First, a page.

Unique preparation of the greats

Over half of the current Proteas test XI has either already achieved cricketing ‘greatness’ or has it very firmly in their sights. That makes for as settled a team as has ever played the game together.

It also gives them the right to prepare as they see fit, despite raised eyebrows from old-school members of the coaching fraternity who will tell you that no player is bigger than the game. Besides, it inspires the youngsters to see the veterans rolling up their sleeves and doing press-ups with the rest.

There undoubtedly comes a time, however, when a player has done enough to be left to his own devices. Some great players through the course of history have chosen ‘rest’ as their preferred course of action before a match. Others, like Courtney Walsh, chose bowling. Still others, like Ian Botham, chose late nights and several bottles of wine. Most of the methods ‘worked’ for them, most of the time.

The ‘problem’ with this diversity in preparation lies with those who attempt to emulate it. Some sportsmen thrive on hard-work, some on rest. Some need an abstemious early night before a game. David Gower, a wine connoisseur, admitted that he could barely walk the next morning after one evening in the company of Botham – who scored a century.

So the old expression about ‘each man to his own’ is absolutely correct. Provided that each man knows what ‘his own’ is. If he does not have the experience to know what suits him best, then he has two choices: copy one of his peers, or work hard with the coaches to find out.

There was a story doing the rounds in Indian cricket in the aftermath of that country’s glorious World Cup triumph concerning one of the young players. With Gary Kirsten and Paddy Upton gone, he was confronted with a new coach and a different approach. He was somewhat surprised when told that practice the next day was compulsory. “Oh,” he said unhappily, “Gary used to let me practise when I wanted to.”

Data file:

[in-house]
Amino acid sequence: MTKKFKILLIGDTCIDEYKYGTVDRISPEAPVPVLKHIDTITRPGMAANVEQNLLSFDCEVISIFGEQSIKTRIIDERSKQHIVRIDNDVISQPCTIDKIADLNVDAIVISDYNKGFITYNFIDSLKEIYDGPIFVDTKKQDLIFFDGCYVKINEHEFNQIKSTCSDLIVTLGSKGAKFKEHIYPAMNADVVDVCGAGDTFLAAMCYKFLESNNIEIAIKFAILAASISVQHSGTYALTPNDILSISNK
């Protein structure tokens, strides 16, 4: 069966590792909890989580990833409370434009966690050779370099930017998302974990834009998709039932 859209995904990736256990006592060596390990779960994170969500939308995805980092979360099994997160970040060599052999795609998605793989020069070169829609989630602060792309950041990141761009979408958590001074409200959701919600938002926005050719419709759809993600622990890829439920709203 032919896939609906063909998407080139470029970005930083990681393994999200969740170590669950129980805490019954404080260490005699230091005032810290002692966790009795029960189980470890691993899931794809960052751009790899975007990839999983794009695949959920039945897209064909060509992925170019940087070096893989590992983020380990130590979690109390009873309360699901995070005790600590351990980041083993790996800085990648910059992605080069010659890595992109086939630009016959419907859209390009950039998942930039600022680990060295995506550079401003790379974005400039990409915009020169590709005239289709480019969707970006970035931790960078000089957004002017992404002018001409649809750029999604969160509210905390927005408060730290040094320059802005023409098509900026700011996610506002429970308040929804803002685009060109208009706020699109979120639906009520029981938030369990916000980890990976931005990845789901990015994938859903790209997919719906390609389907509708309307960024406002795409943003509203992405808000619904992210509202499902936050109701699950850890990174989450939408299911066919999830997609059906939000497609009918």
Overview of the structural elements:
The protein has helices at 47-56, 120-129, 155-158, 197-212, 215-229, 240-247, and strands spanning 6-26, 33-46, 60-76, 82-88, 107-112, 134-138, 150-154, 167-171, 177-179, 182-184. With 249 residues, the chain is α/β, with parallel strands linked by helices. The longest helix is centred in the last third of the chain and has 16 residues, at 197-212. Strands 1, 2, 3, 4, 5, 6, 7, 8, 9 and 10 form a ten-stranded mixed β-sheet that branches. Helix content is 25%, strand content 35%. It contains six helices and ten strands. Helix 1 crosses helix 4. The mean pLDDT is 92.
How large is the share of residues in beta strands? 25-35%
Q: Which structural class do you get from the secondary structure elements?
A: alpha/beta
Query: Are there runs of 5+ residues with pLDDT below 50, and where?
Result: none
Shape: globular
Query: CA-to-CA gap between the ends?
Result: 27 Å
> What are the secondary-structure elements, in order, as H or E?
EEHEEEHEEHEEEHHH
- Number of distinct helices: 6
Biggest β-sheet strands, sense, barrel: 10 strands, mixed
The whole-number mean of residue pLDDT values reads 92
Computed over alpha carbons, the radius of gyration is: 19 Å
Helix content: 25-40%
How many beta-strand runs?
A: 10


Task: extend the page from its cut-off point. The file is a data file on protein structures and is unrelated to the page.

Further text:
Incidentally, you would have to look far and wide to find a single champion in individual sports like tennis, swimming, cycling and athletics who had sufficient personal drive to reach the top. Read their biographies and you will find, over and over again, tributes to coaches who pushed them at times they may otherwise have slackened off.

Anyway, the current Proteas team doesn’t have that problem. Just for interests sake, compare the current world No 1 team to the champions of 1984 and 2000. How many ‘greats’ (or future greats) would you name in all three?

1984 2000 2013
Gordon Greenidge Matthew Hayden Graeme Smith
Desmond Haynes Justin Langer Alviro Petersen
Larry Gomes Damien Martyn Hashim Amla
Viv Richards Mark Waugh Jacques Kallis
Clive Lloyd Michael Clarke AB de Villiers
Jeff Dujon Steve Waugh Faf du Plessis
Eldine Baptiste Adam Gilchrist Dean Elgar
Roger Harper Shane Warne Robin Peterson
Michael Holding Jason Gillespie Vernon Philander
Joel Garner Michael Kasprowicz Dale Steyn
Malcolm Marshall Glenn McGrath Morne Morkel

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